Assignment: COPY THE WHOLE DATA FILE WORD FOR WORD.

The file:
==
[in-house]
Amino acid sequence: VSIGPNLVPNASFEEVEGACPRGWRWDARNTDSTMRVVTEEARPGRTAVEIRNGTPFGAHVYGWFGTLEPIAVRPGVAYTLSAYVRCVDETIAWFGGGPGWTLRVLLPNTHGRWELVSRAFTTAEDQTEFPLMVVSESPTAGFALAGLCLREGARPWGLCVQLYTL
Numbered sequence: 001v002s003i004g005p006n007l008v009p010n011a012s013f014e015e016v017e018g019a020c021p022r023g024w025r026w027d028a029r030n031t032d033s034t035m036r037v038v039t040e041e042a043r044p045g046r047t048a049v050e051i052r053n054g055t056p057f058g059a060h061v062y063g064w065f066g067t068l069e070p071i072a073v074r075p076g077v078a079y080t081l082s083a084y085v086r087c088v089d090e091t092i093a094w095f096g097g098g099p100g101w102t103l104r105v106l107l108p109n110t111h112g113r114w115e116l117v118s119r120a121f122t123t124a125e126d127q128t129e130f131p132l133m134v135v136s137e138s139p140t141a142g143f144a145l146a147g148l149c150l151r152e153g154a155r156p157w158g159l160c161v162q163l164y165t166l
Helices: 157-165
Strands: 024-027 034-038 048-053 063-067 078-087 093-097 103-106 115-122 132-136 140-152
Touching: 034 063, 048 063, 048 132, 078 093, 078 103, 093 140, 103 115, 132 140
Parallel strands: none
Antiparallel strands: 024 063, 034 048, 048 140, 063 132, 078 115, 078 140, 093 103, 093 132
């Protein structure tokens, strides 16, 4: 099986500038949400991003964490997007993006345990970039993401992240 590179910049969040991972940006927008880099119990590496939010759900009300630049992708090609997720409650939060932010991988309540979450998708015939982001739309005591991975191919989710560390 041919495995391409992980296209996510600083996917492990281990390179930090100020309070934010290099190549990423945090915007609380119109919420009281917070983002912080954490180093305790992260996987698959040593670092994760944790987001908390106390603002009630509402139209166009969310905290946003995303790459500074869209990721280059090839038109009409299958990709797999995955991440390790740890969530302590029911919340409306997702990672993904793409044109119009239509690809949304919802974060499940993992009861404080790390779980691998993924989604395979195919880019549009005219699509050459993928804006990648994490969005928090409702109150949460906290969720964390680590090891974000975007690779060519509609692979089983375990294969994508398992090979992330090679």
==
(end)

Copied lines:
[in-house]
Amino acid sequence: VSIGPNLVPNASFEEVEGACPRGWRWDARNTDSTMRVVTEEARPGRTAVEIRNGTPFGAHVYGWFGTLEPIAVRPGVAYTLSAYVRCVDETIAWFGGGPGWTLRVLLPNTHGRWELVSRAFTTAEDQTEFPLMVVSESPTAGFALAGLCLREGARPWGLCVQLYTL
Numbered sequence: 001v002s003i004g005p006n007l008v009p010n011a012s013f014e015e016v017e018g019a020c021p022r023g024w025r026w027d028a029r030n031t032d033s034t035m036r037v038v039t040e041e042a043r044p045g046r047t048a049v050e051i052r053n054g055t056p057f058g059a060h061v062y063g064w065f066g067t068l069e070p071i072a073v074r075p076g077v078a079y080t081l082s083a084y085v086r087c088v089d090e091t092i093a094w095f096g097g098g099p100g101w102t103l104r105v106l107l108p109n110t111h112g113r114w115e116l117v118s119r120a121f122t123t124a125e126d127q128t129e130f131p132l133m134v135v136s137e138s139p140t141a142g143f144a145l146a147g148l149c150l151r152e153g154a155r156p157w158g159l160c161v162q163l164y165t166l
Helices: 157-165
Strands: 024-027 034-038 048-053 063-067 078-087 093-097 103-106 115-122 132-136 140-152
Touching: 034 063, 048 063, 048 132, 078 093, 078 103, 093 140, 103 115, 132 140
Parallel strands: none
Antiparallel strands: 024 063, 034 048, 048 140, 063 132, 078 115, 078 140, 093 103, 093 132
């Protein structure tokens, strides 16, 4: 099986500038949400991003964490997007993006345990970039993401992240 590179910049969040991972940006927008880099119990590496939010759900009300630049992708090609997720409650939060932010991988309540979450998708015939982001739309005591991975191919989710560390 041919495995391409992980296209996510600083996917492990281990390179930090100020309070934010290099190549990423945090915007609380119109919420009281917070983002912080954490180093305790992260996987698959040593670092994760944790987001908390106390603002009630509402139209166009969310905290946003995303790459500074869209990721280059090839038109009409299958990709797999995955991440390790740890969530302590029911919340409306997702990672993904793409044109119009239509690809949304919802974060499940993992009861404080790390779980691998993924989604395979195919880019549009005219699509050459993928804006990648994490969005928090409702109150949460906290969720964390680590090891974000975007690779060519509609692979089983375990294969994508398992090979992330090679």